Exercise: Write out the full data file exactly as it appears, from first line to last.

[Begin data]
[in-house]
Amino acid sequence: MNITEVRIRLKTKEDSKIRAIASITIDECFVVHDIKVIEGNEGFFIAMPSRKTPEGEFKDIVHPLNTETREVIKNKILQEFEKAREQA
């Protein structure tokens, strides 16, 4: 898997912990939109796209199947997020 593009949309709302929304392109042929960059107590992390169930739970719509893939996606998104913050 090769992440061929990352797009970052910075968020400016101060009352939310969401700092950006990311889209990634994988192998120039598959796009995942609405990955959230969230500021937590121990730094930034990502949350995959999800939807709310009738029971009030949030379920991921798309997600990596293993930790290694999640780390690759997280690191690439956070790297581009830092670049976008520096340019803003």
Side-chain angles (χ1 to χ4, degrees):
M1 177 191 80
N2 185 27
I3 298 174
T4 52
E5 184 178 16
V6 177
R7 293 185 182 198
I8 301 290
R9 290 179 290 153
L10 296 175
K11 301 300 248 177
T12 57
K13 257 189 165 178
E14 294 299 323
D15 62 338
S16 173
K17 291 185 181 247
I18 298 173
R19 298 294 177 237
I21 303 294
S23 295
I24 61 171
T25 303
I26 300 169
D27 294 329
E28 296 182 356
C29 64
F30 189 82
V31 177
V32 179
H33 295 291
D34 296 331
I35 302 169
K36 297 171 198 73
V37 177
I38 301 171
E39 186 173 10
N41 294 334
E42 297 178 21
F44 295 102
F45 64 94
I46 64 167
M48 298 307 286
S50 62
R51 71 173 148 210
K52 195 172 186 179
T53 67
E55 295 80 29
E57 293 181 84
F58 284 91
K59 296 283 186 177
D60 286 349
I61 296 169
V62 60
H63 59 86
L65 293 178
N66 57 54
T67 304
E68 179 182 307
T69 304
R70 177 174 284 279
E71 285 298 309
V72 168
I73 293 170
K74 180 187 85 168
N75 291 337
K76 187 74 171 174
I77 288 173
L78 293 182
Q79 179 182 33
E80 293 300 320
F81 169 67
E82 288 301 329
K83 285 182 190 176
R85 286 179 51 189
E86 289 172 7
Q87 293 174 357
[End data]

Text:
[in-house]
Amino acid sequence: MNITEVRIRLKTKEDSKIRAIASITIDECFVVHDIKVIEGNEGFFIAMPSRKTPEGEFKDIVHPLNTETREVIKNKILQEFEKAREQA
């Protein structure tokens, strides 16, 4: 898997912990939109796209199947997020 593009949309709302929304392109042929960059107590992390169930739970719509893939996606998104913050 090769992440061929990352797009970052910075968020400016101060009352939310969401700092950006990311889209990634994988192998120039598959796009995942609405990955959230969230500021937590121990730094930034990502949350995959999800939807709310009738029971009030949030379920991921798309997600990596293993930790290694999640780390690759997280690191690439956070790297581009830092670049976008520096340019803003």
Side-chain angles (χ1 to χ4, degrees):
M1 177 191 80
N2 185 27
I3 298 174
T4 52
E5 184 178 16
V6 177
R7 293 185 182 198
I8 301 290
R9 290 179 290 153
L10 296 175
K11 301 300 248 177
T12 57
K13 257 189 165 178
E14 294 299 323
D15 62 338
S16 173
K17 291 185 181 247
I18 298 173
R19 298 294 177 237
I21 303 294
S23 295
I24 61 171
T25 303
I26 300 169
D27 294 329
E28 296 182 356
C29 64
F30 189 82
V31 177
V32 179
H33 295 291
D34 296 331
I35 302 169
K36 297 171 198 73
V37 177
I38 301 171
E39 186 173 10
N41 294 334
E42 297 178 21
F44 295 102
F45 64 94
I46 64 167
M48 298 307 286
S50 62
R51 71 173 148 210
K52 195 172 186 179
T53 67
E55 295 80 29
E57 293 181 84
F58 284 91
K59 296 283 186 177
D60 286 349
I61 296 169
V62 60
H63 59 86
L65 293 178
N66 57 54
T67 304
E68 179 182 307
T69 304
R70 177 174 284 279
E71 285 298 309
V72 168
I73 293 170
K74 180 187 85 168
N75 291 337
K76 187 74 171 174
I77 288 173
L78 293 182
Q79 179 182 33
E80 293 300 320
F81 169 67
E82 288 301 329
K83 285 182 190 176
R85 286 179 51 189
E86 289 172 7
Q87 293 174 357